In the CRY-ROP study, significant retinal venous dilation and arteriolar tortuosity in all 4 vascular arcade quadrants served as diagnostic criteria for ‘Plus disease’[35-38]. However. currently, changes in at least 2 quadrants are required for the diagnosis of ‘plus disease’ [51] representing a terminological modification with implications for screening and treatment decisions.

3.4.2. “Pre-Plus” disease

This has been a more recent addition to classification. Abnormal dilatation and tortuosity of posterior pole vessels that demonstrate more than normal arterial and venous tortuosity, but are insufficient for the diagnosis of plus disease is termed ‘preplus’ disease [8,51]. These changes may over time progress to plus disease as vessels dilate and become more tortuous.

Despite absence of simultaneous manifestation, these symptoms are likely indicators of ROP progression and the ‘Pre-plus disease’ category may be a useful indicator of sudden increases in ROP activity.

3.5. Aggressive Posterior ROP (AP-ROP)

This is an uncommon rapidly progressing severe form of ROP, termed AP-ROP. Not included in the original ICROP classification, it has recently been defined by ICROP revisited as aggressive posterior ROP and is noted for its rapid progression to stage 5 ROP if not treated [34]. It has been referred to as type II ROP and Rush disease. The characteristic features of this type of ROP are the posterior location, prominence of plus disease and ill defined nature of the retinopathy.

AP-ROP is observed most commonly in zone I, but can occur in posterior zone II. Early in the development of AP-ROP, the posterior pole vessels show increased vascular dilatation and tortuosity in all 4 quadrants that is out of proportion to the degree of retinopathy peripherally. These changes progess rapidly. Shunting does not occur soley at the junction of the avascular and vascular retina but occurs from vessel to vessel within the retina. This can make AP-ROP difficult to distinguish arterioles and venules owing to significant dilatation of both vessel types. There may also be haemorrhages at the junction of the vascular and avascular retina.

AP-ROP is deceptively featureless and does not usually progress through the classic stages 1-3 [40,9], appearing as a flat network of neovascularisation at the junction between the vascularisaed and nonvascularised retina. It typically extends circumferentially and is often accompanied by a circuimferential vessel. The use of a 20-D condensing lens instead of a 25-D lens in indirect ophthalmoscopy may help distinguish the featureless neovascularisation.

On the basis of this evidence it was concluded that when the characteristics of rapidly progressing disease are observed, or when aggressive posterior ROP is present, the baby should be monitored closely and screening should be undertaken at least weekly [39].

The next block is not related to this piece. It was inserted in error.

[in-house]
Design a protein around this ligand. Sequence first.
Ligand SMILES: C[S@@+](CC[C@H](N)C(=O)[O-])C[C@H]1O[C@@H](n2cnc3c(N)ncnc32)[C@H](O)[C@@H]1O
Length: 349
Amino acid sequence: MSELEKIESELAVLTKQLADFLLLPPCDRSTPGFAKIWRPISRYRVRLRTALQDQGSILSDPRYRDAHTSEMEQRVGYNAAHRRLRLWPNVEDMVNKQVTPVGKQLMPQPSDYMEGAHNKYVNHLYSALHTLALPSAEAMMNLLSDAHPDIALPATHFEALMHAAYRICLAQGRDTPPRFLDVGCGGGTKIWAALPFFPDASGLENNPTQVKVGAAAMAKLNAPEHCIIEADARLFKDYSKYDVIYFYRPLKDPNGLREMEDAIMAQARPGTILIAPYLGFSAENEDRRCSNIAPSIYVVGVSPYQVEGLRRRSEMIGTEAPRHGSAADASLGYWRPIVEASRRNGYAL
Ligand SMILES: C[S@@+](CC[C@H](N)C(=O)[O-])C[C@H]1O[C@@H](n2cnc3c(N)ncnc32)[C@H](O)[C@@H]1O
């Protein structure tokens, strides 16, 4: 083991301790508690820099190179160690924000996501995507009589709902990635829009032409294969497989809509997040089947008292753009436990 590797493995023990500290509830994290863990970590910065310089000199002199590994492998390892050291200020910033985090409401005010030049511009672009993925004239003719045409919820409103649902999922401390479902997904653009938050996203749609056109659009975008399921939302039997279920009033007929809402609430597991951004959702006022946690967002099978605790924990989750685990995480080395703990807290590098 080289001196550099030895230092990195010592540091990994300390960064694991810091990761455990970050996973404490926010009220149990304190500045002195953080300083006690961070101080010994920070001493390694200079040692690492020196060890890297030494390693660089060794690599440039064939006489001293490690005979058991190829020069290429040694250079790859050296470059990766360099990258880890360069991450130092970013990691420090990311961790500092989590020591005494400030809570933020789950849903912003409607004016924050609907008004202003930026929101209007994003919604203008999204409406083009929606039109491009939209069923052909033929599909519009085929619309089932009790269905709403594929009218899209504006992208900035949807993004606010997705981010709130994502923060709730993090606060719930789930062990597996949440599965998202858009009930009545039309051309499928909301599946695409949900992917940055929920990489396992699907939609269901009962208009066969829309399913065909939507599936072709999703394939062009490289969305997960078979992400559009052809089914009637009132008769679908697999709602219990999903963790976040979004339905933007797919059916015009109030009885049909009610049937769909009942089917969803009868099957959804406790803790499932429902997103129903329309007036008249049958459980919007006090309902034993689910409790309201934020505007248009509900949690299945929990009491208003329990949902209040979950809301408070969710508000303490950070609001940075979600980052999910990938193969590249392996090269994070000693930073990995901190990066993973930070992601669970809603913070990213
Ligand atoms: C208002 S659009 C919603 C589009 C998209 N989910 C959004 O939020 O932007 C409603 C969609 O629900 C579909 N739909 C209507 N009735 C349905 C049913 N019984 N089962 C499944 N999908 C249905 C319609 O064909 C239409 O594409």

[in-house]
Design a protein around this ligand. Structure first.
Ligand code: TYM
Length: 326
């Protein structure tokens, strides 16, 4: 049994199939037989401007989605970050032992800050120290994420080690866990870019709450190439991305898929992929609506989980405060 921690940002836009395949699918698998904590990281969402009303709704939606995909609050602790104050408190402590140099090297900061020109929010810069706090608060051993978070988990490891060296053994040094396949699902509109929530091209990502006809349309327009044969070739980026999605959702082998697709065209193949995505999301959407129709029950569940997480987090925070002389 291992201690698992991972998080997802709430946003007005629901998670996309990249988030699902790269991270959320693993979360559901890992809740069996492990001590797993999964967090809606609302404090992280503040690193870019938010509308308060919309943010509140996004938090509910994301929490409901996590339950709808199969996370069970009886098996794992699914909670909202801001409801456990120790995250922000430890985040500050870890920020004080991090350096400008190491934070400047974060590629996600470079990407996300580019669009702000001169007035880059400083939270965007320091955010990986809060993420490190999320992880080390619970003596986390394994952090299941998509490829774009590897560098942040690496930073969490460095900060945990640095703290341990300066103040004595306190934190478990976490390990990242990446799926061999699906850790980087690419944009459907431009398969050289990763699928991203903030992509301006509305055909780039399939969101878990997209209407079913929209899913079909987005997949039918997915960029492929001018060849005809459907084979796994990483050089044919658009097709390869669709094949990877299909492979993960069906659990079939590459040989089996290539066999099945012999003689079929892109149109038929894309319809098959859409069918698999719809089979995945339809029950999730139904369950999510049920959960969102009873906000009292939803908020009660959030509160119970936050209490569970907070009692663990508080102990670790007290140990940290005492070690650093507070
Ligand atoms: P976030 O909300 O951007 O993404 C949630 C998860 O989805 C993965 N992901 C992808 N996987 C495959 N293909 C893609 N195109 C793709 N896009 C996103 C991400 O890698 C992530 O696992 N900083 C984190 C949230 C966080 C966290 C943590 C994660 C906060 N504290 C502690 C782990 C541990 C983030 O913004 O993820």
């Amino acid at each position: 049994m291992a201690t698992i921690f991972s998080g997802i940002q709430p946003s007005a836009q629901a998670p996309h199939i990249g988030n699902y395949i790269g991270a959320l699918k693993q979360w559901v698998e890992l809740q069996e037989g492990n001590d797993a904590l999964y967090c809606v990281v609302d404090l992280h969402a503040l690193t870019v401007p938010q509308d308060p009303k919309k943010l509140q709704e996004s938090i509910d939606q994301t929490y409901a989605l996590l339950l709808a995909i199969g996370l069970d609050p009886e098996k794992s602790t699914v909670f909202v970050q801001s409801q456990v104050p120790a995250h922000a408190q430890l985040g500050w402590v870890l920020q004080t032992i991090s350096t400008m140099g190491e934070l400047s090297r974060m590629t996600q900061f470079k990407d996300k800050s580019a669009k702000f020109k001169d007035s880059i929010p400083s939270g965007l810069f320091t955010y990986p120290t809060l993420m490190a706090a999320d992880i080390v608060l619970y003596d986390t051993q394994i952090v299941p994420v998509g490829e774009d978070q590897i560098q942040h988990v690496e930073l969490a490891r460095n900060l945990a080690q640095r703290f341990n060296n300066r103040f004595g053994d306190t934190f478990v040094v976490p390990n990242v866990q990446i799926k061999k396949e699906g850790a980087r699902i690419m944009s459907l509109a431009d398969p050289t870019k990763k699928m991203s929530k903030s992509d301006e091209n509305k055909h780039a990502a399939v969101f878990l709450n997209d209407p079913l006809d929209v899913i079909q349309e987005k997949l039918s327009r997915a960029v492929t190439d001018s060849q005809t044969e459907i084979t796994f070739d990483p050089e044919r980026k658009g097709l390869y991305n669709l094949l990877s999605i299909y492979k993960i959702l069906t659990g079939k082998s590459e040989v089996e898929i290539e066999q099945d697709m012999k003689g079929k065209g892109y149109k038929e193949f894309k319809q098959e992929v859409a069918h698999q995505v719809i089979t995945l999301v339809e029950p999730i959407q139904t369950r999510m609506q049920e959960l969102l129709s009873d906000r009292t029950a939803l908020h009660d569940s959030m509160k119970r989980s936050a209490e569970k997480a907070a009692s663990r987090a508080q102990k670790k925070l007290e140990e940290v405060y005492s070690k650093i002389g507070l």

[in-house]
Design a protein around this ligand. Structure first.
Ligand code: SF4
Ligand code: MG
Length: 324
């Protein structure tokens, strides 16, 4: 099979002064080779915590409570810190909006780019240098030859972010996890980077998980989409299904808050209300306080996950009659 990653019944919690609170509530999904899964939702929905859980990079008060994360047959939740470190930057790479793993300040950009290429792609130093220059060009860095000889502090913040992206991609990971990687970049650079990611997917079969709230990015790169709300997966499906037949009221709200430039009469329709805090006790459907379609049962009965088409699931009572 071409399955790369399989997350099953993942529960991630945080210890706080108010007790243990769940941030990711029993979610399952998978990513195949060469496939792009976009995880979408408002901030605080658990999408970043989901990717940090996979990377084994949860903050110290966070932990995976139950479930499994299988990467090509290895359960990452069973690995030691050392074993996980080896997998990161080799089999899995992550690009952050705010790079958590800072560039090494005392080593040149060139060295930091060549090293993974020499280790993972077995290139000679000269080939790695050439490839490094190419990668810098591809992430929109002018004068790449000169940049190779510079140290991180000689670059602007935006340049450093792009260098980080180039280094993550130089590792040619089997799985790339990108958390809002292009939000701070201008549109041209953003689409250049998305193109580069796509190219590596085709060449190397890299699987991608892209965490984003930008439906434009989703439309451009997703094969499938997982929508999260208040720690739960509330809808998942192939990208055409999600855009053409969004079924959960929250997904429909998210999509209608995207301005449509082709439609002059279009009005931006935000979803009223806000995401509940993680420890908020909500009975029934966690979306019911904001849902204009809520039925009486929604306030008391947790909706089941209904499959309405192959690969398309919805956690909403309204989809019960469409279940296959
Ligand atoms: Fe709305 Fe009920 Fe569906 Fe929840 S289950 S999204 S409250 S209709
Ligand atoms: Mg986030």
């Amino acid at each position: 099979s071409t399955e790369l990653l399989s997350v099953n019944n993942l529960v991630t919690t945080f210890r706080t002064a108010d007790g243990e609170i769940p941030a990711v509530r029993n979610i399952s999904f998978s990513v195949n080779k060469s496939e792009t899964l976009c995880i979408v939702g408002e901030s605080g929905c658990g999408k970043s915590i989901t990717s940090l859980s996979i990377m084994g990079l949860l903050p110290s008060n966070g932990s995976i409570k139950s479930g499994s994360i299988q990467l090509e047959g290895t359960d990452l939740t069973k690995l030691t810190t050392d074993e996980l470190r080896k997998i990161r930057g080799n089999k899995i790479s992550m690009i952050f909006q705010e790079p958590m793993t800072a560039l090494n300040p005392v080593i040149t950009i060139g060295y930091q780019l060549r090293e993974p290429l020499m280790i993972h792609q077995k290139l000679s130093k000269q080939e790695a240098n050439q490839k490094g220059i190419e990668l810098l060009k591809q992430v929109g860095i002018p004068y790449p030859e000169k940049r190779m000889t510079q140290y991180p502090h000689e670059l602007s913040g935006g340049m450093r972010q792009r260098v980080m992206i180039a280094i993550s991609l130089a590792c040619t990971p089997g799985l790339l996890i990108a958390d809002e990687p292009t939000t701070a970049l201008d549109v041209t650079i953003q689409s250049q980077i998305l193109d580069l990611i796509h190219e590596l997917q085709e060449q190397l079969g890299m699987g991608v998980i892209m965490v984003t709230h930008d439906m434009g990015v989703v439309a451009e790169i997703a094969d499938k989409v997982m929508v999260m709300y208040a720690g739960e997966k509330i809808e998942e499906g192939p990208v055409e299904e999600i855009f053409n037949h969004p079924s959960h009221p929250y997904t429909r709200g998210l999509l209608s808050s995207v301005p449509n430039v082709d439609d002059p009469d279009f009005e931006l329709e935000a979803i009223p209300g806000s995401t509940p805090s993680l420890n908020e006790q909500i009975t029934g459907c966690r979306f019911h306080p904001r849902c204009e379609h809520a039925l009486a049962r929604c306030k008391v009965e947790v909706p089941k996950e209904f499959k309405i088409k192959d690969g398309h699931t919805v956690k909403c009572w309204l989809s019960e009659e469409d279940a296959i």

4. Investigations of retinopathy of prematurity: A chronological overview of change, development and future directions

Effective investigation of ROP is dependent on reliable classification. However, as we have mentioned, ROP classification is not a static entity and is subject to evolutionary change resulting from research findings, modifications to practice, technological advances and terminological refinements. Accordingly, standard screening should be performed more frequently, perhaps on a weekly basis [8,39].

Determining and maintaining optimal oxygen saturation levels in preterm infants has remained something of a challenge because data regarding early mortality and long-term neuro-developmental outcomes resulting from effects of different oxygen saturation ranges are lacking [23,33]. The CRYO-ROP study found that the rate of progression of ROP (mean ± standard error) was faster in eyes with an unfavourable outcome (8.2 ± 1.2 days between first observation of ROP to pre-threshold) compared with those with a favourable outcome (12.3 ± 1.2 days), suggesting that in some situations even twice-weekly examinations are not frequent enough [36,37].

The findings from a meta-analysis of infants with postmenstrual ages of < or=32 week published in 2010 indicated an association between early low levels of oxygen saturation and reduced risk for severe ROP among and late high oxygen saturation the effect of oxygen on the development and progression of ROP is not straight forward. Ongoing investigation is necessary to understand the relationships among oxygen concentration, variability in oxygen concentration, and timing of oxygen delivery. Low oxygen saturation appears to decrease the risk of severe ROP in preterm newborns when administered during the first few weeks after birth. High oxygen saturation seems to reduce the risk at later postmenstrual ages [32]. However, individual clinical studies have not been conclusive.